The David Collection is a museum of fine and applied art in Copenhagen, Denmark, built around the private collections of lawyer, businessman and art collector C. L. David.
The museum is particularly noted for its collection of Islamic art one of the largest in Northern Europe. The collection of Islamic art contains works from almost the entire Islamic realm, from Spain in the West to India in the East and dating from the 7th to the 19th centuries.
Islamic Art Collection
The Islamic works of art are presented from three different perspectives: Islamic art organized chronologically and geographically, Islamic art grouped according to material, and Islamic art presented in its cultural context.
Dynasties and Geography
The works of art here are divided into 20 sections according to specific epochs and dynasties and according to different geographic regions. Each of the 20 sections provides a historical introduction, a map, a selection of works of art, coins, and architecture.
The objects are categorized into eight different groups. This makes it possible to see how both stylistic features and techniques were developed within a specific medium both over time and across geographical borders.
Calligraphy / Miniature Painting / Ceramics / Glass / Stone and Stucco / Ivory, Wood, and Papier-mâché / Metalwork, / Weapons, and Jewelry / Textiles, Carpets, and Leather
Focusing specifically on the cultural background for art in the Islamic world, this section illustrates fourteen themes of special relevance. Each theme is illustrated with a selected group of objects, accompanied by an explanatory text.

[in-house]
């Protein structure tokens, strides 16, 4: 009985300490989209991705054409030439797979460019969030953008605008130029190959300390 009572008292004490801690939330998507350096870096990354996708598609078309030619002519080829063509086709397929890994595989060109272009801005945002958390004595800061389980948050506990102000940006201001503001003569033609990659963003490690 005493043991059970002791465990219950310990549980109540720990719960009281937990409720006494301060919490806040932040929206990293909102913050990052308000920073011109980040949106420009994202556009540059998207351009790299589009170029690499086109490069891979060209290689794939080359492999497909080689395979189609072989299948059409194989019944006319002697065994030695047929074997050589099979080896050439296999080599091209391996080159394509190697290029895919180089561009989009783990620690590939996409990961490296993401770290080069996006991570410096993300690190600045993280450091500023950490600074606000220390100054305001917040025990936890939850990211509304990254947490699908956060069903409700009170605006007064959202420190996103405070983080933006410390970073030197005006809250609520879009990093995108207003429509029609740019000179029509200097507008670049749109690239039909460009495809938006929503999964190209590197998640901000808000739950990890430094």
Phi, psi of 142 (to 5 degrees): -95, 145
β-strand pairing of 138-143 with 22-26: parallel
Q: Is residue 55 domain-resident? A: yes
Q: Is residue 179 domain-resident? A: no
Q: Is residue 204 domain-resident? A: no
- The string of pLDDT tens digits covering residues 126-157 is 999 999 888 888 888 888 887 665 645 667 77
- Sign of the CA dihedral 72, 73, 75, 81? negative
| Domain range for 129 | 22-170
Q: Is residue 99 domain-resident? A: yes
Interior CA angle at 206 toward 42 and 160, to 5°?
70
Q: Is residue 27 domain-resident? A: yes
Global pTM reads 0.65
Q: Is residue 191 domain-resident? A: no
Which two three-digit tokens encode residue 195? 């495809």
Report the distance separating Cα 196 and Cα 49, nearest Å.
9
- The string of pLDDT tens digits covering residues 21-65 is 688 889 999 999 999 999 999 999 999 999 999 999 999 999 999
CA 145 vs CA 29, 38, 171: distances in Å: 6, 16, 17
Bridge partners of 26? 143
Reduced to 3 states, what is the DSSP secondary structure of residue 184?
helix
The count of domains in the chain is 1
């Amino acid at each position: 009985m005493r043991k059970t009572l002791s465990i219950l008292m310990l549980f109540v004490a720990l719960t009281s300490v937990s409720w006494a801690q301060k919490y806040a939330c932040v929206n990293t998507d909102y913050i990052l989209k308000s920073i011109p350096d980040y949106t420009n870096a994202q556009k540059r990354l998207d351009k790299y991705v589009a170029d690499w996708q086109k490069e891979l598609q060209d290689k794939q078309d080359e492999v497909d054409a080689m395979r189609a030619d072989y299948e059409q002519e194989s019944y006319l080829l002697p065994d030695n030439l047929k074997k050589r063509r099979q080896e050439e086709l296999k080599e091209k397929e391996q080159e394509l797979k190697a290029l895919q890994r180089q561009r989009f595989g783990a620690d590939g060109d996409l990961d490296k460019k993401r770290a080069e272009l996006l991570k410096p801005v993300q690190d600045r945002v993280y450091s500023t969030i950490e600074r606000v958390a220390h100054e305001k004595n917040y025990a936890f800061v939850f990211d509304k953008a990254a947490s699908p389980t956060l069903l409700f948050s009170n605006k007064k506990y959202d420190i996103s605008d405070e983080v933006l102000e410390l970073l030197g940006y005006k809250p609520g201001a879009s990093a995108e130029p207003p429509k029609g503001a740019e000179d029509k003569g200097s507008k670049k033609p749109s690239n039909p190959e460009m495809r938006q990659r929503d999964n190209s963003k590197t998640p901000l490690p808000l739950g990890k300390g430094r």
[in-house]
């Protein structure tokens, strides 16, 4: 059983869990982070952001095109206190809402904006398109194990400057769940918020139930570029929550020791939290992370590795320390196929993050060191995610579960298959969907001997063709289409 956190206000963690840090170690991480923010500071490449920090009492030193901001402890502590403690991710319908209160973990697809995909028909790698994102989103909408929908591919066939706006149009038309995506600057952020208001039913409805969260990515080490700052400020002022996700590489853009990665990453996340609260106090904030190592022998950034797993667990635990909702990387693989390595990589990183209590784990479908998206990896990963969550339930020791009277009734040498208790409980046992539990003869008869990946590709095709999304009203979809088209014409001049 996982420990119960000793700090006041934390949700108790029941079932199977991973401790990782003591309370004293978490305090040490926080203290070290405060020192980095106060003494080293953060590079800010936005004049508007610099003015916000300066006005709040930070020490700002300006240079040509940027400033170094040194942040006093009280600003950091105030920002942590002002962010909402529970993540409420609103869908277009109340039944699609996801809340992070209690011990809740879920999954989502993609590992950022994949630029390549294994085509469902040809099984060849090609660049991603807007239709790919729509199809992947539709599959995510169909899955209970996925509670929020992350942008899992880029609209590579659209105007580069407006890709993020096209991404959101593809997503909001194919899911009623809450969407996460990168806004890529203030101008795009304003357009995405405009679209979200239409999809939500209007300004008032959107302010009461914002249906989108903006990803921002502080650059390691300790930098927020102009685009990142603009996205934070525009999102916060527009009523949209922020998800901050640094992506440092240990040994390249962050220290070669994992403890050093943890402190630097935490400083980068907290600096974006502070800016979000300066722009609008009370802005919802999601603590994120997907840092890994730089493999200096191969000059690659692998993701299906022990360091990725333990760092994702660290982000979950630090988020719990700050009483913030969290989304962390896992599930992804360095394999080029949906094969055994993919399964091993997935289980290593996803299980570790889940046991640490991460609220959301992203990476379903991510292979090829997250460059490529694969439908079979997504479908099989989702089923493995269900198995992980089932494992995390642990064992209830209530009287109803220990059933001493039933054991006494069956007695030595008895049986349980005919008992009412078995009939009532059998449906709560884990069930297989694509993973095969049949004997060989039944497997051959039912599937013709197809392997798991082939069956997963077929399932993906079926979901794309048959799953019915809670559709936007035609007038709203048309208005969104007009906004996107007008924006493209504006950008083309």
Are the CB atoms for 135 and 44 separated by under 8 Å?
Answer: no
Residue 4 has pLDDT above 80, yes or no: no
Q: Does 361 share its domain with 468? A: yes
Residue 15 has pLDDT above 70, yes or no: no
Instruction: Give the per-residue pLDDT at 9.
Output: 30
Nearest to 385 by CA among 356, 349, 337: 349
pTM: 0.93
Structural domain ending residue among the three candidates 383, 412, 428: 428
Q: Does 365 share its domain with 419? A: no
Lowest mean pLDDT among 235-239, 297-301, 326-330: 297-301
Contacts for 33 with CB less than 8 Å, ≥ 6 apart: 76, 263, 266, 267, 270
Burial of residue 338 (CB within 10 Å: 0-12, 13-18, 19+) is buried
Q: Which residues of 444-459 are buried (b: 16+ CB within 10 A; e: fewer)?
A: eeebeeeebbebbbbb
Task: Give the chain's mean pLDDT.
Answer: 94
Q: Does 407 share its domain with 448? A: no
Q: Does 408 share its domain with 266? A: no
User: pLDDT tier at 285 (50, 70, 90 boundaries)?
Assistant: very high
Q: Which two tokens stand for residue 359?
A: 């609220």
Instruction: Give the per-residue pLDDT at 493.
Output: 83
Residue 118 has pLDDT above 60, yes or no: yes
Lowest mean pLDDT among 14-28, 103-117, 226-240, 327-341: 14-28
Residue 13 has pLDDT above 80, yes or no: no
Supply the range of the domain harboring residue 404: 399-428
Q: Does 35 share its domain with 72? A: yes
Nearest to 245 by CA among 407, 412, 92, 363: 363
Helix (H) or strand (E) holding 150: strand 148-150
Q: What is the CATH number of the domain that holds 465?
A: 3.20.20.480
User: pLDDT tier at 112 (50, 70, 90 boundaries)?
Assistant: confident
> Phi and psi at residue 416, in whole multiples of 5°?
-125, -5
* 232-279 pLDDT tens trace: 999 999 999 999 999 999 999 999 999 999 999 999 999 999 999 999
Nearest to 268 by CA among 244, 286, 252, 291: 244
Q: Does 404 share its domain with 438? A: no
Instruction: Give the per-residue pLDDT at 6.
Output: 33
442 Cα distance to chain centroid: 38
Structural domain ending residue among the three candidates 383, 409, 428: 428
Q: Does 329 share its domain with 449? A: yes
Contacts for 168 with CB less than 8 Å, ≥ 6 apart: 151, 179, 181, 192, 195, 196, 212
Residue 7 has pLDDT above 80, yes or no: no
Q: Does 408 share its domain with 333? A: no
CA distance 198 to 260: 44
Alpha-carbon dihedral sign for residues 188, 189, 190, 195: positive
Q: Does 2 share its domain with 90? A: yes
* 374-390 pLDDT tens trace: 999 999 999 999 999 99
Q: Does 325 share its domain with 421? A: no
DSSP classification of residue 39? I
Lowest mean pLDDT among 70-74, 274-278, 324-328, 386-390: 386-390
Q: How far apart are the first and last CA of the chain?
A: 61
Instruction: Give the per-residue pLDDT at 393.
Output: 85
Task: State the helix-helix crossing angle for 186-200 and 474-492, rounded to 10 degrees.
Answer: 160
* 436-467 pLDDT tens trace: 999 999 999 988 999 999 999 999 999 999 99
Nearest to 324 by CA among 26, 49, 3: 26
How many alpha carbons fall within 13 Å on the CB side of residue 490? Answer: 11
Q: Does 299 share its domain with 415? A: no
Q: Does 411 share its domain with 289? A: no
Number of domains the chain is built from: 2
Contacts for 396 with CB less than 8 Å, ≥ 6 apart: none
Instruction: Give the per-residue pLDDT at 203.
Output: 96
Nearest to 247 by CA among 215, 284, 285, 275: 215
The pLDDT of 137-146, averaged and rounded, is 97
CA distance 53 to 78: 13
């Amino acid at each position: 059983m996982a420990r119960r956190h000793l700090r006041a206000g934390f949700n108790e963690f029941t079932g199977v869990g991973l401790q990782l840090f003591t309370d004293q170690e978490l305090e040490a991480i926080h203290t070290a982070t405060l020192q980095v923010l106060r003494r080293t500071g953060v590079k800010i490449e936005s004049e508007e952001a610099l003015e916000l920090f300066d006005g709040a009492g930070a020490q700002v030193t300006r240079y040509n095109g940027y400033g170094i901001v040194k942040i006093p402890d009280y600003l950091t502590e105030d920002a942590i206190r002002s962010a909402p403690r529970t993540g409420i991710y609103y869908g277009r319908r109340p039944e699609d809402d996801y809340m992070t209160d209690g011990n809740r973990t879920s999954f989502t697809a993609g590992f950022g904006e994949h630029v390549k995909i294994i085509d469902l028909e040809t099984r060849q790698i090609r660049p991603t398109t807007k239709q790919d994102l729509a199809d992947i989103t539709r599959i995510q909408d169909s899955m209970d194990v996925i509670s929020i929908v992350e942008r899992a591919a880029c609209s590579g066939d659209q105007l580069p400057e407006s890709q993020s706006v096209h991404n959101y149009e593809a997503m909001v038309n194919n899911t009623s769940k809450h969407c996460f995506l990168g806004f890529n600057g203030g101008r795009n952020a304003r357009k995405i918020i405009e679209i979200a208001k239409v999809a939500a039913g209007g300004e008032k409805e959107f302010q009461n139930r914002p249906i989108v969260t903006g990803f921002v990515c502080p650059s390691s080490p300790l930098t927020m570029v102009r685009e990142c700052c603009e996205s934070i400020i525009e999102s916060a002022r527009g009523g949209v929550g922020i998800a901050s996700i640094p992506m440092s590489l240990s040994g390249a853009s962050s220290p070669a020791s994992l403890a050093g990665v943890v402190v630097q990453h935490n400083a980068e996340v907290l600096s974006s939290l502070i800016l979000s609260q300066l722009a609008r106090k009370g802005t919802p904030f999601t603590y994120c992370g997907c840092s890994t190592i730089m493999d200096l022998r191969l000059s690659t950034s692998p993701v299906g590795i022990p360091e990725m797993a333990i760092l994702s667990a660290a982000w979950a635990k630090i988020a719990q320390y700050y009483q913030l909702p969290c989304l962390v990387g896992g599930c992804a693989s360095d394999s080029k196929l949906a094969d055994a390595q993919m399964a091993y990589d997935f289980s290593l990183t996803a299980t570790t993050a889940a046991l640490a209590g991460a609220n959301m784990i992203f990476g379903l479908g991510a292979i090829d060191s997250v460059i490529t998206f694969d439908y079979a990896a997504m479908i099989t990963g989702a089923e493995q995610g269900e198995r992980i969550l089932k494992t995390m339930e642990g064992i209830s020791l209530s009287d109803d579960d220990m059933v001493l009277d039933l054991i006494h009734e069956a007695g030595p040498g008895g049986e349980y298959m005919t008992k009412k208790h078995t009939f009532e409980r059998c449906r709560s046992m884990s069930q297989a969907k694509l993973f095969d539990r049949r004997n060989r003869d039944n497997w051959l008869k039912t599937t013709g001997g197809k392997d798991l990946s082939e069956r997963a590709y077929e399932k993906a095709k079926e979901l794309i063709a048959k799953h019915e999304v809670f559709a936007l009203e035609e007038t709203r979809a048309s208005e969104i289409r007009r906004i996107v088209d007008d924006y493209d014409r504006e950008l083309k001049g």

Islam, the Religion \The Five Pillars of Islam \ The Prophet Muhammad \ Mecca and the Kaaba \ Sunni and Shia \ The Mosque \ The Religious Prohibition Against Images \ Symbolism in Islamic Art \ Islam in China \ Sufis \ Dervishes, and Holy Men \ Trade, Measures, and Weights \Mechanics, Astronomy, and Astrology \ Medical Science \The Art of War
Muslim Anti-Racism Collaborative (MuslimARC) is a human rights education organization attempting to raise awareness and provide training for Muslim communities about racial justice as well as Islamophobia and systemic racism. In an effort to address racism, MuslimARC provides and deliver education in the form of trainings or workshops on various forms of racism of internalized, interpersonal and institutional form.
“vision is Education for Liberation. We work to create spaces for learning and developing racial equity, connect people across multi-ethnic networks, and cultivate solutions for racial equity.”